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Stakeholder engagement in the development of genetically modified mosquitoes for malaria control in West Africa: lessons learned from 10 years of Target Malaria’s work in Mali

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From 2012 to 2023, the Malaria Research and Training Center (MRTC), based out of the University of Sciences, Techniques and Technologies of Bamako (USTTB), was part of the Target Malaria research consortium working towards developing novel gene drive-based tools for controlling populations of malaria vector mosquitoes.

As part of this work, Target Malaria Mali undertook a range of engagement activities with the communities where research was conducted and with other stakeholders nationally. These activities were meant to ensure that the project’s activities took place with the agreement of the communities, and that communities were able to play a role in shaping the project’s approach to ensure that its eventual outcomes were in line with their needs and concerns.

A newly released paper aims to assess those 10 years of stakeholder engagement to identify good practices that can inform future engagement work on gene drive research in West Africa. It sets out a range of approaches and practices that enabled the Target Malaria Mali team to engage a variety of stakeholders, to share information, collect feedback, and determine community agreement, in a manner that was inclusive, effective, localized and culturally appropriate.

Stakeholder engagement officers from Target Malaria Mali engaging local communities. Photograph: Target Malaria 

In reflecting upon their experiences conducting stakeholder engagement activities for the project, Target Malaria Mali staff identified three core thematic areas in which key learnings had been noted that could be useful in informing their future efforts and that of those undertaking similar work in African contexts, notably in West Africa.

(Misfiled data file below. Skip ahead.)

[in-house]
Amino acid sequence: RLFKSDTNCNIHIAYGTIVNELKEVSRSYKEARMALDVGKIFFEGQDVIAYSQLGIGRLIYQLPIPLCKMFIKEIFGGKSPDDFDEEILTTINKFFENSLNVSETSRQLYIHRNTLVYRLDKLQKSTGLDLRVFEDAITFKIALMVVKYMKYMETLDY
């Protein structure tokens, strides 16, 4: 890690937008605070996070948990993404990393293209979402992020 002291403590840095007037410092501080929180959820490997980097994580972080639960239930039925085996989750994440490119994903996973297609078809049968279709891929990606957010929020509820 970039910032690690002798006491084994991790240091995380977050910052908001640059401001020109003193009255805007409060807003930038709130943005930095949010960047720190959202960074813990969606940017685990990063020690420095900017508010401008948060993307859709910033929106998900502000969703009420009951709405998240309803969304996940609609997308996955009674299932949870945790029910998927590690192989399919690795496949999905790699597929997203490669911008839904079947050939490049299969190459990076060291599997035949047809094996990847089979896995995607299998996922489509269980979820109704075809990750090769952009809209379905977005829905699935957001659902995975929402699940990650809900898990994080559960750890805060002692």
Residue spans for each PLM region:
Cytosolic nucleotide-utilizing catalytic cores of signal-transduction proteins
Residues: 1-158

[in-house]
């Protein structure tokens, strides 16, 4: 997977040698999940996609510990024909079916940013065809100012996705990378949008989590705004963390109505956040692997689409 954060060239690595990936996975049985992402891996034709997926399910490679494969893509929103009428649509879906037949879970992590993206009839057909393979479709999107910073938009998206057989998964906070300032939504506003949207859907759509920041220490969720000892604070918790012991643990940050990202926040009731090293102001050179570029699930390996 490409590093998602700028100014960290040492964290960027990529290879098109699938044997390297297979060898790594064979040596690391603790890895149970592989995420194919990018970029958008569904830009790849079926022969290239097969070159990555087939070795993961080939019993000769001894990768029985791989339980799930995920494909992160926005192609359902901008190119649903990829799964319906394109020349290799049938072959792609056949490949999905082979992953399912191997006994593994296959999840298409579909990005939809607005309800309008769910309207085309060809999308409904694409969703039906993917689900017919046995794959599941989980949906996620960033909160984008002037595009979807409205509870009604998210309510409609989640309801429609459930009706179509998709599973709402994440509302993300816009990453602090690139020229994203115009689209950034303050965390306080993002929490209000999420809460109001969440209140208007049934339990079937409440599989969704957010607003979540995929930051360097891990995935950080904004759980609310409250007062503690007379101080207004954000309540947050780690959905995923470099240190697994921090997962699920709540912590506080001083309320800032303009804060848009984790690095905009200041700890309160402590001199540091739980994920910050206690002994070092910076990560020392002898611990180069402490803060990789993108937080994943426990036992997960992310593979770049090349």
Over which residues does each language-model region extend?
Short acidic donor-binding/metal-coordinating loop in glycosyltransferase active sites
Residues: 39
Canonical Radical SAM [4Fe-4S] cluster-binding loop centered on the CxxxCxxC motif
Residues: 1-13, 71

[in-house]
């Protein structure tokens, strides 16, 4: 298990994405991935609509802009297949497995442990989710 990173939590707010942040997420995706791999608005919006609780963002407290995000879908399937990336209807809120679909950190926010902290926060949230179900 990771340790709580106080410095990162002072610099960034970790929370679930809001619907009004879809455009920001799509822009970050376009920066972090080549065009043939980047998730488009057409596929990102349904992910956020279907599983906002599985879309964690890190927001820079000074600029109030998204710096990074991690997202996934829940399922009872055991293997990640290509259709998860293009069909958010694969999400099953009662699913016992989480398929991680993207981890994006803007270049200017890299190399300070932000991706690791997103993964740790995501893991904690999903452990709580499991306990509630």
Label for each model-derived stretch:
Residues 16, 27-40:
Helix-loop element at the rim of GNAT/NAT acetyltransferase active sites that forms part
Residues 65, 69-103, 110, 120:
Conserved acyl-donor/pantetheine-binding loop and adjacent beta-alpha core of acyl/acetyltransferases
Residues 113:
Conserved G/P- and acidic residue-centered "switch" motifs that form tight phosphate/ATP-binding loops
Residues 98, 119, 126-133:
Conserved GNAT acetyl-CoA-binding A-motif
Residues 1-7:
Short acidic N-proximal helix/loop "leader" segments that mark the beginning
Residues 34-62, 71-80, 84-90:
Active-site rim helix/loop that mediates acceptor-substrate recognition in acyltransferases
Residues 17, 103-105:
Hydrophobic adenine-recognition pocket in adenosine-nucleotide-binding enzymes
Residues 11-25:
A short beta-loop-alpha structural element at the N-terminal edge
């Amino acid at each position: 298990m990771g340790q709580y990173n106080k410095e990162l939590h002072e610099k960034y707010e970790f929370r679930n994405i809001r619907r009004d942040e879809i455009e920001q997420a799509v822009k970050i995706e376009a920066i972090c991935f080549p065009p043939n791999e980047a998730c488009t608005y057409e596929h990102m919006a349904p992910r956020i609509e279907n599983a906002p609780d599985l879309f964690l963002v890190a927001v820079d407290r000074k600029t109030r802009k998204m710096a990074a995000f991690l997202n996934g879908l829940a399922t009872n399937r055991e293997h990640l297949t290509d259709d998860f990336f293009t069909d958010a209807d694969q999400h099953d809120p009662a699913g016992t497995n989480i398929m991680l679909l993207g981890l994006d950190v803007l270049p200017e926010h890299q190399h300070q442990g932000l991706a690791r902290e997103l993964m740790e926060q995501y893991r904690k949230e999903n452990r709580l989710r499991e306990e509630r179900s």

The first of these was lessons learned with regards to the communication of complex and novel scientific concepts; the second was lessons learned with regards to building partnerships with stakeholders, as an element of building a “co-development” approach; the third thematic area was lesson learned with regards to ending or transitioning project phases. Below is a summary of the lessons learned:

1 – Good practices and lessons learned with regards to communication of complex and novel scientific concepts

• Adopt a multiplicity of communication strategies to meet different audiences’ preferences and to adapt to socio-cultural context

• Use iterative processes to develop communication materials that are as effective and relevant as possible

• Leverage different types of knowledge and foster multi-disciplinary collaborations

2 – Good practices and lessons learned in developing partnerships with stakeholders

• Involve stakeholders from the very beginning of the project and at all phases of its work.

• Foster relationships with designated representatives of stakeholder groups who can provide key insights and local knowledge

• Make use of several different types of in-person consultation and provide a variety of channels for stakeholder feedback

• Provide opportunities for stakeholders to have direct and/or hands-on experience of project activities, equipment, and processes.

• Ensure that grievance management mechanisms are in place, are contextually appropriate, and are used by local stakeholders

3 – Good practices and lessons learned with regards to ending or transitioning project phases

• Develop an explicit, comprehensive, and timely strategy for each ending or transition phase of the project

• Develop jointly with stakeholders means of managing shared assets in a manner that is equitable and considered legitimate by local communities, and that does not preclude any future work with those communities

The experience of the Target Malaria Mali team reflects the fact that established best practices for stakeholder engagement are valid and continue to be relevant, even when working with a novel technology such as gene drive, while also pointing out some useful lessons learned about how specific challenges can be met.

In the paper, the team highlighted a series of lessons learned and good practices that others working in similar fields may find useful and which can contribute to the growing body of literature informing the conduct of responsible gene drive research.

For more in-depth explanations of each, you can access the full paper here.

Stakeholder Engagement Lead, African Centre for Excellence in Molecular Engineering

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